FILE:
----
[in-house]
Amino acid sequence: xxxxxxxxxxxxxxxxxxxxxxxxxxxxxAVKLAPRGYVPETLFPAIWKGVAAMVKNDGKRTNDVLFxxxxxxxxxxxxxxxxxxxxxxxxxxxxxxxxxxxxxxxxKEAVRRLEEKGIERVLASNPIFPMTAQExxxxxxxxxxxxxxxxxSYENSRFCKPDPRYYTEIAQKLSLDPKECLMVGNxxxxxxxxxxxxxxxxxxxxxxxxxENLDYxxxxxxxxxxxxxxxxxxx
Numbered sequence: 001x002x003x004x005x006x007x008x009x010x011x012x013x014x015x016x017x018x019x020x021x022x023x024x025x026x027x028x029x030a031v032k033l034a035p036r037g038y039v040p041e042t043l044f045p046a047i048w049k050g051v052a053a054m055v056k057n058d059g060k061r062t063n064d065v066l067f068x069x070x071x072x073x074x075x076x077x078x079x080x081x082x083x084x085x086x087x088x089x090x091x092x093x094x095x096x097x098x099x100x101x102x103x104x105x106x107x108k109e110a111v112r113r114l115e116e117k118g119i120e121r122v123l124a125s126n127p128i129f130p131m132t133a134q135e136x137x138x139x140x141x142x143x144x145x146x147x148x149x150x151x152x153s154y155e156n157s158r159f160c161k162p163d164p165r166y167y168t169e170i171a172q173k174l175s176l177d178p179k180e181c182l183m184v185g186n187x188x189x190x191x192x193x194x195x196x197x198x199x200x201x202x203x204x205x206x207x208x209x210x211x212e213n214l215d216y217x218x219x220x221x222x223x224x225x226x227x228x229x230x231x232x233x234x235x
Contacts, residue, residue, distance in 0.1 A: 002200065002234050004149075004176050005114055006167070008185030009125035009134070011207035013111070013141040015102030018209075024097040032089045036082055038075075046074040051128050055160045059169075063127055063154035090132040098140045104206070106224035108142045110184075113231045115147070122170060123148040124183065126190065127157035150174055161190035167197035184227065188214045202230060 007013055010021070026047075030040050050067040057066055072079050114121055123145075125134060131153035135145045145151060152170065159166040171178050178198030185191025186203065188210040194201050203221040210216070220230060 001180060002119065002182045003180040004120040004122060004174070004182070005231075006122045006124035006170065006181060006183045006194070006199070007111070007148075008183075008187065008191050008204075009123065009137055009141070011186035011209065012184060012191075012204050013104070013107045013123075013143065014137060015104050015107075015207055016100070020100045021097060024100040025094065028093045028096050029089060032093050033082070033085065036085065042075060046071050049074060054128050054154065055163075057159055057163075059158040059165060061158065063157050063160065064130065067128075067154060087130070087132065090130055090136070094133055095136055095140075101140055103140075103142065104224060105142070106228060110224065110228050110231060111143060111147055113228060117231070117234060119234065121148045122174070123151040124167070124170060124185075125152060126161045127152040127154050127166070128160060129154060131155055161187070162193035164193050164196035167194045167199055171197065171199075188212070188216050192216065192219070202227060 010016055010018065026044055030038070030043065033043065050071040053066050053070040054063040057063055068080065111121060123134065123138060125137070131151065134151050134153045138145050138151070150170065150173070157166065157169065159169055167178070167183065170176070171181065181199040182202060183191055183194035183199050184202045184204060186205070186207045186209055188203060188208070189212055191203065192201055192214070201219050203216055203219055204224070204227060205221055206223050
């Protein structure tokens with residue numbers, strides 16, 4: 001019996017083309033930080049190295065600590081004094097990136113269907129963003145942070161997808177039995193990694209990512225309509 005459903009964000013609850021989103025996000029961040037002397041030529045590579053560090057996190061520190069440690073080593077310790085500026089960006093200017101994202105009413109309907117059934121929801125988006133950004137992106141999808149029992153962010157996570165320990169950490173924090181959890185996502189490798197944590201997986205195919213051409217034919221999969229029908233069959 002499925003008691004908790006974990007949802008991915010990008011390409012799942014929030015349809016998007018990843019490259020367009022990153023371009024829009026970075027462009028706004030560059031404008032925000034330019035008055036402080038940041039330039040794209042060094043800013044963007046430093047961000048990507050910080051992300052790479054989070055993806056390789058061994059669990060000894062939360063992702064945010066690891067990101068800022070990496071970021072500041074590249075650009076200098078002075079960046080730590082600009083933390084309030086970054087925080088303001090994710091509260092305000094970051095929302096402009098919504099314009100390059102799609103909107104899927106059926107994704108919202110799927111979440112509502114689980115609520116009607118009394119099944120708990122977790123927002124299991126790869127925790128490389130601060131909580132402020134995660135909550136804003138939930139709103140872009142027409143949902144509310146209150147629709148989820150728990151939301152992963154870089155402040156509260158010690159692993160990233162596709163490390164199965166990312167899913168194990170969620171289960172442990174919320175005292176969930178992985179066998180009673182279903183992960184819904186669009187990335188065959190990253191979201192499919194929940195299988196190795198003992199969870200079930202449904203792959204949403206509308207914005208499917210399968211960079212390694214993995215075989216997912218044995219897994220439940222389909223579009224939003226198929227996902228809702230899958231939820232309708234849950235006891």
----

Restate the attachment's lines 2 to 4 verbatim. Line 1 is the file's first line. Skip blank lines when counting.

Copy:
Amino acid sequence: xxxxxxxxxxxxxxxxxxxxxxxxxxxxxAVKLAPRGYVPETLFPAIWKGVAAMVKNDGKRTNDVLFxxxxxxxxxxxxxxxxxxxxxxxxxxxxxxxxxxxxxxxxKEAVRRLEEKGIERVLASNPIFPMTAQExxxxxxxxxxxxxxxxxSYENSRFCKPDPRYYTEIAQKLSLDPKECLMVGNxxxxxxxxxxxxxxxxxxxxxxxxxENLDYxxxxxxxxxxxxxxxxxxx
Numbered sequence: 001x002x003x004x005x006x007x008x009x010x011x012x013x014x015x016x017x018x019x020x021x022x023x024x025x026x027x028x029x030a031v032k033l034a035p036r037g038y039v040p041e042t043l044f045p046a047i048w049k050g051v052a053a054m055v056k057n058d059g060k061r062t063n064d065v066l067f068x069x070x071x072x073x074x075x076x077x078x079x080x081x082x083x084x085x086x087x088x089x090x091x092x093x094x095x096x097x098x099x100x101x102x103x104x105x106x107x108k109e110a111v112r113r114l115e116e117k118g119i120e121r122v123l124a125s126n127p128i129f130p131m132t133a134q135e136x137x138x139x140x141x142x143x144x145x146x147x148x149x150x151x152x153s154y155e156n157s158r159f160c161k162p163d164p165r166y167y168t169e170i171a172q173k174l175s176l177d178p179k180e181c182l183m184v185g186n187x188x189x190x191x192x193x194x195x196x197x198x199x200x201x202x203x204x205x206x207x208x209x210x211x212e213n214l215d216y217x218x219x220x221x222x223x224x225x226x227x228x229x230x231x232x233x234x235x
Contacts, residue, residue, distance in 0.1 A: 002200065002234050004149075004176050005114055006167070008185030009125035009134070011207035013111070013141040015102030018209075024097040032089045036082055038075075046074040051128050055160045059169075063127055063154035090132040098140045104206070106224035108142045110184075113231045115147070122170060123148040124183065126190065127157035150174055161190035167197035184227065188214045202230060 007013055010021070026047075030040050050067040057066055072079050114121055123145075125134060131153035135145045145151060152170065159166040171178050178198030185191025186203065188210040194201050203221040210216070220230060 001180060002119065002182045003180040004120040004122060004174070004182070005231075006122045006124035006170065006181060006183045006194070006199070007111070007148075008183075008187065008191050008204075009123065009137055009141070011186035011209065012184060012191075012204050013104070013107045013123075013143065014137060015104050015107075015207055016100070020100045021097060024100040025094065028093045028096050029089060032093050033082070033085065036085065042075060046071050049074060054128050054154065055163075057159055057163075059158040059165060061158065063157050063160065064130065067128075067154060087130070087132065090130055090136070094133055095136055095140075101140055103140075103142065104224060105142070106228060110224065110228050110231060111143060111147055113228060117231070117234060119234065121148045122174070123151040124167070124170060124185075125152060126161045127152040127154050127166070128160060129154060131155055161187070162193035164193050164196035167194045167199055171197065171199075188212070188216050192216065192219070202227060 010016055010018065026044055030038070030043065033043065050071040053066050053070040054063040057063055068080065111121060123134065123138060125137070131151065134151050134153045138145050138151070150170065150173070157166065157169065159169055167178070167183065170176070171181065181199040182202060183191055183194035183199050184202045184204060186205070186207045186209055188203060188208070189212055191203065192201055192214070201219050203216055203219055204224070204227060205221055206223050